What's in a Name?

Doug McManaman
Copyright © 2007
Reproduced with Permission

I recall a resolution I made as a young man to carefully consider and learn from the mistakes others made in their lives, especially the mistakes that led to the breakup of their marriages. And of course, that is why history is so important, for it always tends to repeat itself only because, for some reason, many are not interested in learning from the mistakes of the past.

The New Testament contains a mistake that is there for all of us to learn from, so as never to repeat it. I refer to Paul's speech at the Areopagus (Acts 17, 22-34). As Archbishop Sheen remarked, it was a perfect speech from the point of view of rhetoric and pedagogy. Paul spoke on the same wavelength as his listeners; he spoke a philosophical language, limiting himself to universal concepts that can be grasped by the natural light of human reason.

But his talk was a failure. He made only two converts that we know of: Dionysius and a woman named Damaris. As Sheen points out, he never went back to Athens, and he never wrote a letter to the Athenians, for there is no record that he ever established a Church there.

Why did he fail? Because he failed to mention the name of Christ and his crucifixion. He spoke of the "unknown God", made a link between what they unknowingly worship and what he comes to proclaim, God as creator, universal brotherhood, etc., but he never mentioned the crucified Lord. It was a mistake he'd resolved never to repeat: "For Christ did not send me to baptize but to preach the gospel, and not with the wisdom of human eloquence, so that the cross of Christ might not be emptied of its meaning. The message of the cross is foolishness to those who are perishing, but to us who are being saved it is the power of God... we proclaim Christ crucified, a stumbling block to Jews and foolishness to Gentiles, but to those who are called, Jews and Greeks alike, Christ the power of God and the wisdom of God" (1 Co 1, 17-18, 25).

Recently I found myself browsing through an issue of a Catholic newspaper for teachers. The issue was replete with good intentions, but the terrible irony is that the name of Christ wasn't mentioned even once throughout the entire issue. Instead, a very subtle Pelagian undercurrent ran throughout. Pelagius, a fifth century monk, denied the doctrine of Original Sin and taught that man, on his own, has the moral ability to rise above the allure of sin. Hence, he has no need of divine grace, and Jesus becomes at best an inspiring role model. The Pelagianism in this particular newspaper rests on the explicitly articulated principle that if people are made to know about certain evils in society, they will care, and if they care, they will act.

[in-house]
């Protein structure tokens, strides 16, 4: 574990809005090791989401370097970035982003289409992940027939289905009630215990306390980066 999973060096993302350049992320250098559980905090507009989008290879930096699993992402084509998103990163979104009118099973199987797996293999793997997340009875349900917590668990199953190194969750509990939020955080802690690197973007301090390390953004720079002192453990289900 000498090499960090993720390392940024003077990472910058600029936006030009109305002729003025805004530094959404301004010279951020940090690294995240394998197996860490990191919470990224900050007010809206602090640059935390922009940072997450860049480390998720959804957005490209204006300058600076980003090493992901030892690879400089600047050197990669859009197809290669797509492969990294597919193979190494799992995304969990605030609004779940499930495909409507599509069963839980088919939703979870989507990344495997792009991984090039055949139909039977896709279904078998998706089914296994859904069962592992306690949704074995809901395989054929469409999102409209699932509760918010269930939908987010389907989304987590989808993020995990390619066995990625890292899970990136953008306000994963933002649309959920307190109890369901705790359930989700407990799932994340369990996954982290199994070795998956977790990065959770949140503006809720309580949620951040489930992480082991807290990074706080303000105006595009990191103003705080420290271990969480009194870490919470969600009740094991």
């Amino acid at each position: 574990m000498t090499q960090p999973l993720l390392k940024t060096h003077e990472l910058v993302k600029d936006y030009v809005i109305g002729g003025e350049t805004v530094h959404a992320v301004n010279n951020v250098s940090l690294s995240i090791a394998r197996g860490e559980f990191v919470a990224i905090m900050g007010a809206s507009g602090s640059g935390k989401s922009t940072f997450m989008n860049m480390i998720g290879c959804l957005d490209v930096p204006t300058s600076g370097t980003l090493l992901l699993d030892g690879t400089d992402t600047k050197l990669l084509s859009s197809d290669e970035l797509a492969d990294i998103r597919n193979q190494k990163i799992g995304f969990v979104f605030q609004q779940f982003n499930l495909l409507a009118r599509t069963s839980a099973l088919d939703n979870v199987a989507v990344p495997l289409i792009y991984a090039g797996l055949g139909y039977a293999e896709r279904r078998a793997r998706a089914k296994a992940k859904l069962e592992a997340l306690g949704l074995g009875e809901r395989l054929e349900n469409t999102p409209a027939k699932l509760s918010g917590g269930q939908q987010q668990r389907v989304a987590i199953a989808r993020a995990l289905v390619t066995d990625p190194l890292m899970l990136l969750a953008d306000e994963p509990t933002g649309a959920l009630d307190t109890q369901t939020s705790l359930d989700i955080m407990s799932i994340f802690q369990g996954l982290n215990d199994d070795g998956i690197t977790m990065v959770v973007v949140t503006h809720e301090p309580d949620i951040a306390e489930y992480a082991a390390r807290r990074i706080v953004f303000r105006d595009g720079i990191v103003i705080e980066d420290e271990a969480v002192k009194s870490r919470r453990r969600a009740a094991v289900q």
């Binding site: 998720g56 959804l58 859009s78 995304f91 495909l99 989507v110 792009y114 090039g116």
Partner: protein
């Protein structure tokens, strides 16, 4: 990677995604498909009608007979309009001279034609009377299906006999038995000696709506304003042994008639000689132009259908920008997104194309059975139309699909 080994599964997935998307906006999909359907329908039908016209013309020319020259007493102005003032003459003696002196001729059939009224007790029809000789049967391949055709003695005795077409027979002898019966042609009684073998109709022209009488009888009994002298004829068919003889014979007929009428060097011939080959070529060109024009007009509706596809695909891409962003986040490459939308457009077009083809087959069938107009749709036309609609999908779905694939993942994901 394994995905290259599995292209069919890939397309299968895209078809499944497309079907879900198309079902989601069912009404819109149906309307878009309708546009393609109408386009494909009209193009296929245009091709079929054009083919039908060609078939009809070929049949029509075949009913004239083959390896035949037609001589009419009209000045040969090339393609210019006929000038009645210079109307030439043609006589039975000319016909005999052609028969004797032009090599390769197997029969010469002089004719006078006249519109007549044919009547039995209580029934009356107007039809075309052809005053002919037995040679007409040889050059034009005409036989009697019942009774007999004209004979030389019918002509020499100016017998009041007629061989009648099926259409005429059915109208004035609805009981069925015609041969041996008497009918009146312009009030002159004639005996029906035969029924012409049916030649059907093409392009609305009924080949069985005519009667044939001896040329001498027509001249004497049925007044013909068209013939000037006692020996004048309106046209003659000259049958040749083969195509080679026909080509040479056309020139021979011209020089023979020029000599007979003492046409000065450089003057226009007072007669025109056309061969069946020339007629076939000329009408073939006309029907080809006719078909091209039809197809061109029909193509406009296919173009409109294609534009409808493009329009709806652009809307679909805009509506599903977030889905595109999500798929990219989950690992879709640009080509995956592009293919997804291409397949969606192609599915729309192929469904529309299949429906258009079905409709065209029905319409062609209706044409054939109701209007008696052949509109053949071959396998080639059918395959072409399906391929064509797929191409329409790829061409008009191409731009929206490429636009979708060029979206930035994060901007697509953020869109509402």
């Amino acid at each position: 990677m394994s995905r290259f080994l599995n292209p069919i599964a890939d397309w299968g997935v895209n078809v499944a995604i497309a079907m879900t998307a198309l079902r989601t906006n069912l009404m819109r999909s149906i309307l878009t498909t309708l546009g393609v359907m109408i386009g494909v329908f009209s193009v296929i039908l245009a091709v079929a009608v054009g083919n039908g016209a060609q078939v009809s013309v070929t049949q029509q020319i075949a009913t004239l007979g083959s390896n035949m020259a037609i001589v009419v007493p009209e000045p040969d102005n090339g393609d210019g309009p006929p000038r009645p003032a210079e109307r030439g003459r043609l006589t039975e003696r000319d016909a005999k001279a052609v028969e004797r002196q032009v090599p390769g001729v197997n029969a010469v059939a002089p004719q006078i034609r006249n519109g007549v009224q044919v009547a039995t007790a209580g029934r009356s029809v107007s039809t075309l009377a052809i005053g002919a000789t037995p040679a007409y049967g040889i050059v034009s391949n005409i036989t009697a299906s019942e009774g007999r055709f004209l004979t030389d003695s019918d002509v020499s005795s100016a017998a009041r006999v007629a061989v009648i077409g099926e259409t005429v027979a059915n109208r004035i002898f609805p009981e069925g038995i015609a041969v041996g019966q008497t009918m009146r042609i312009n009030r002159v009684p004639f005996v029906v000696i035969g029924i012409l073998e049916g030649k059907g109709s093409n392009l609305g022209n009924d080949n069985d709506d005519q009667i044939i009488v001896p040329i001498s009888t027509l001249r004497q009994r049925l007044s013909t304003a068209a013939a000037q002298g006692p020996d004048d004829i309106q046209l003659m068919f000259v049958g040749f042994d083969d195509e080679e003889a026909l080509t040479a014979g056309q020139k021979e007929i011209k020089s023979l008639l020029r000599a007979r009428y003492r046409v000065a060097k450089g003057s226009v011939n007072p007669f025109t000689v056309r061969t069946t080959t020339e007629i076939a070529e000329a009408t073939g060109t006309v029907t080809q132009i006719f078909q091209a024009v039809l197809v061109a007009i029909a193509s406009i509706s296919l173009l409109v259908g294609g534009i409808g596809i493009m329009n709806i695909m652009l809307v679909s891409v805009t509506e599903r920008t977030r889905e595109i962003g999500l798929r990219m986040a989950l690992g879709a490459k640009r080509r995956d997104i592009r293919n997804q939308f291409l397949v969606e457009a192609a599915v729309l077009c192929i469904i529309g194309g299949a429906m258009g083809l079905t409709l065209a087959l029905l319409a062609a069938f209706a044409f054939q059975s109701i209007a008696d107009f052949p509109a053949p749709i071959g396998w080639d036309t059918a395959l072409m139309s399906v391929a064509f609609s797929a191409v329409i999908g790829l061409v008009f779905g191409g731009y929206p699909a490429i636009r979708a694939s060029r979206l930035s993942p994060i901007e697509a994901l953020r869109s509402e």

"Isn't that interesting," I said to a group of students near by, "the name of Christ isn't even mentioned once throughout this entire Catholic newspaper." So one of them asked: "Why do you have to mention Christ? Why can't we just talk about his ideas or his teachings without referring to his name?" After attempting some explanation, he pursued further: "We don't need to mention Plato in order to explain his ideas, nor Aristotle, in order to explain his. In the same way, we don't need to mention Christ, only what he taught."

A very clever argument - not to mention useful. After giving his argument a great deal of thought, the best answer I could come up with -- aside from Paul's experience in Athens -- was the following. The gospel is not a collection of teachings, much less a set of values - in fact, I'd argue that the expression "gospel values" should permanently be banned from Catholic discourse. The very word 'gospel' means good news. The good news, however, is about a Person, the Second Person of the Trinity who joined a human nature (Incarnation), died on a cross and rose from the dead. It is about a Person who gave himself up for us so that we might have life. In giving himself up and rising from the dead, he himself, as risen, testifies that death has been conquered. In other words, the good news of the gospel is first and foremost a message of salvation, not a political or social doctrine. The gospel is about the forgiveness of sins that is ours in the Person of the risen Christ: "So whoever is in Christ is a new creation." (2 Co 6, 17)